You’re reading a magazine that clearly made the decision almost 30 years ago that fantasy & science fiction belong together. Most of the bookstores I’ve been to over the years also pair the two. It’s been argued by some that fantasy & science fiction are both part of the continuum of speculative genre fiction. Others have maintained that genres should be defined by the primary emotion they intend to evoke, and that both fantasy & science fiction are part of what should be called the Wonder Genre. There’s even a line of argument that science fiction is actually a subset of fantasy. Whatever, the case, the two are clearly closely linked.

So what would the result have been if they had been classed as the one ‘Fantasy & Science Fiction’ category within the survey. Clearly, since the respondents were allowed to give more than one answer, you can’t simply add the two percentages together, but there’s no doubt combining the two results would have changed the results considerably, most likely putting ‘Fantasy & Science Fiction’ at number two, possibly even number one. It all comes down to how many people in the survey said they read science fiction regularly but not fantasy and vice versa.

A 2017 survey by the Australia Council for the Arts and Macquarie University gives us some insight into the relative popularity of a combined ‘Fantasy & Science Fiction’ category. In this survey, people were asked to nominate their number one favourite adult fiction genre (that is, they couldn’t list more than one, so we can’t compare it directly to the Statista survey).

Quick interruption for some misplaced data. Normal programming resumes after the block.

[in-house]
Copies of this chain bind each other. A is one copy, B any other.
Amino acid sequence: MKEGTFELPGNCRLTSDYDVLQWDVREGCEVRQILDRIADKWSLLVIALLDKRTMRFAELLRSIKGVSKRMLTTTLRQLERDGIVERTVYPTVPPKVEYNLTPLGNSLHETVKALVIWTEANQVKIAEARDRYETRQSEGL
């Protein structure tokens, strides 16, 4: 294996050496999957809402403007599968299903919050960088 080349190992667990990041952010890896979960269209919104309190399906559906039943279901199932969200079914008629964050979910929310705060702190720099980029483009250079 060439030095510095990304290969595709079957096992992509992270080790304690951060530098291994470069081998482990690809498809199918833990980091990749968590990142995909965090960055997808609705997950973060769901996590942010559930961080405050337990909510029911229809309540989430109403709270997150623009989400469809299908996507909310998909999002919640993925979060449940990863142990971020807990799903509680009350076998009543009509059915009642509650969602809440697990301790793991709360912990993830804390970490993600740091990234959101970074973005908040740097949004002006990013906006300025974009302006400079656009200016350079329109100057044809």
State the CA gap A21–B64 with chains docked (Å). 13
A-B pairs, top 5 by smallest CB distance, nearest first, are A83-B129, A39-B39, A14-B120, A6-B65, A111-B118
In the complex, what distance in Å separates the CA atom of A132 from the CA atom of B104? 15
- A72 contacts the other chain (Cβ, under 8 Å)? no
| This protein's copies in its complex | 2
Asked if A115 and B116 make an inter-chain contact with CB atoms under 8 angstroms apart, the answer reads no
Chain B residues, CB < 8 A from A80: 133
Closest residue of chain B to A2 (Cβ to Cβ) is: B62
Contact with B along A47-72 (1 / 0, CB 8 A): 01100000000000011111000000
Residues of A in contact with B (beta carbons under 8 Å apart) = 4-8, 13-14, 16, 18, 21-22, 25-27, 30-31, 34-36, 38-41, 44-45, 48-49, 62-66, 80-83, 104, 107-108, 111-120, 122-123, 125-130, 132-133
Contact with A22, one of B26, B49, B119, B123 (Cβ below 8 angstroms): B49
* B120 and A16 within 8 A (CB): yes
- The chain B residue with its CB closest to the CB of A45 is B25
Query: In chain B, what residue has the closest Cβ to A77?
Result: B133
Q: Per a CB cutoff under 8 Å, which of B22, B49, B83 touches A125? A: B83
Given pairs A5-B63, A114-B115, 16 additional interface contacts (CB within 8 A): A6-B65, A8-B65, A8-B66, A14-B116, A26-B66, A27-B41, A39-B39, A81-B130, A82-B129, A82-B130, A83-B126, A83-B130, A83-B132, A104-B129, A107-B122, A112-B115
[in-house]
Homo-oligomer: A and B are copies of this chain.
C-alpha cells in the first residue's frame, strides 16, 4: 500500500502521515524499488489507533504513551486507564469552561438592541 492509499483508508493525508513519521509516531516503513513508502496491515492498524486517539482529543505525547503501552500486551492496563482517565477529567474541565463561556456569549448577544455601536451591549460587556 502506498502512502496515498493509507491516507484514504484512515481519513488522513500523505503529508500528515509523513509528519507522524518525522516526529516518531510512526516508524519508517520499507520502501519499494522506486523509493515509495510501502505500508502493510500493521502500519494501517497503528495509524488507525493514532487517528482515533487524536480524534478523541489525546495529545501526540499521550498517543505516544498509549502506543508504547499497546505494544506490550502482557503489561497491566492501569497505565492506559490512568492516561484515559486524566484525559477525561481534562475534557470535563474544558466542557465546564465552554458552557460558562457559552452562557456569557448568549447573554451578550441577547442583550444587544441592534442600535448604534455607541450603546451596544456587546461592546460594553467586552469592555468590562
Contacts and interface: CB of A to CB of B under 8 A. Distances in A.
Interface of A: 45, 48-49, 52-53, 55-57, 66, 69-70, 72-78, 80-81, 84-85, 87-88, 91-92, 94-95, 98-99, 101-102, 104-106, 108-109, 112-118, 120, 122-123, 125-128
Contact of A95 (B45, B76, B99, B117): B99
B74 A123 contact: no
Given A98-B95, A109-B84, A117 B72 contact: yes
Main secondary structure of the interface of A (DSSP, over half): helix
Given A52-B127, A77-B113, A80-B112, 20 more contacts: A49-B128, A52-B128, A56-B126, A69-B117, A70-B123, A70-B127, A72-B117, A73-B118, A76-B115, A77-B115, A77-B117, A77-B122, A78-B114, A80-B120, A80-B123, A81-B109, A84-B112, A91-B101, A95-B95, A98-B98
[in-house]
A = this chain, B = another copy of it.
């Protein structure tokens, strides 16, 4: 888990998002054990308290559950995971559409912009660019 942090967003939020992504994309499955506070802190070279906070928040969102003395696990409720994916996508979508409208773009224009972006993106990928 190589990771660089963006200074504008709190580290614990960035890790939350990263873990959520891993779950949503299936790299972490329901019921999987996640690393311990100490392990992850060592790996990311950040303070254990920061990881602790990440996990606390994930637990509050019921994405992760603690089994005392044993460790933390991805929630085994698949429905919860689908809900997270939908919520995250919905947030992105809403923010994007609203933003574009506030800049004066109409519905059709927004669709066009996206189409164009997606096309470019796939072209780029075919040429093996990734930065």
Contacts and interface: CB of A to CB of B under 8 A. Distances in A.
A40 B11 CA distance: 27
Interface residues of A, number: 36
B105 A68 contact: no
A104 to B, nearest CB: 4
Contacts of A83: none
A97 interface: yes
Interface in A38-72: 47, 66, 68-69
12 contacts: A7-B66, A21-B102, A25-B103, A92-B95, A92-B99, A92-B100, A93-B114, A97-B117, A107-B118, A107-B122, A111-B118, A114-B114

Their results were as follows:

Crime/Mystery/Thrillers 32%

Science Fiction & Fantasy 22%

Contemporary/General Fiction 14%

Romance 7%

Historical 6%

Classics 6%

Literary 3%

Graphic Novels, Manga & Comics 3%

Horror 2%

Erotica 2%

This one has a triple-barrelled category as the most popular. Interestingly, it focused solely on adult fiction titles, so it deliberately excluded Young Adult/New Adult titles which are often also read by adults and which have a high proportion of fantasy & science fiction titles.

It’s usually worth digging past the headlines of a statistical-based announcement. Statistics are incredible useful and a crucial part of modern life, but they can be misleading if they are naively interpreted. For example, industry statistics and publishing professionals have been reporting for years that since 2010 print sales for fantasy & science fiction have halved.

This belief was debunked at the 2018 SFWA Nebula Conference in a presentation based on data collected by www.authorearnings.com. It provided evidence that when ebooks and audio books are taken into account, traditional publishers are currently selling more adult fantasy & science fiction than ever before. Furthermore, in 2017, 48% of fantasy & science fiction bought in the US were non-traditionally published books. So in reality, instead of fantasy & science fiction numbers halving since 2010, as is often claimed, they have in fact doubled.

Just to add some local evidence that there’s a boom in fantasy & science fiction, thanks to all of our readers, in 2018 Aurealis has its most successful year since going digital.

See you all in 2019!

All the best from the cloud.

Dirk Strasser

www.dirkstrasser.com

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Science For Science Fiction

rsvAurealis is pleased to be partnering with the Royal Society of Victoria to present a conference of interest to all new, emerging and established Science Fiction writers.

Science for Science Fiction brings together some of the best known names in Australian SF and Australian science to talk SF – how to do it and what current trends in science could be fertile ground for stories.

The conference is to be held in Melbourne on April 30. All those who attend will receive a free print copy of the prestigious 100th issue of Aurealis.

See here for the program. Here for booking.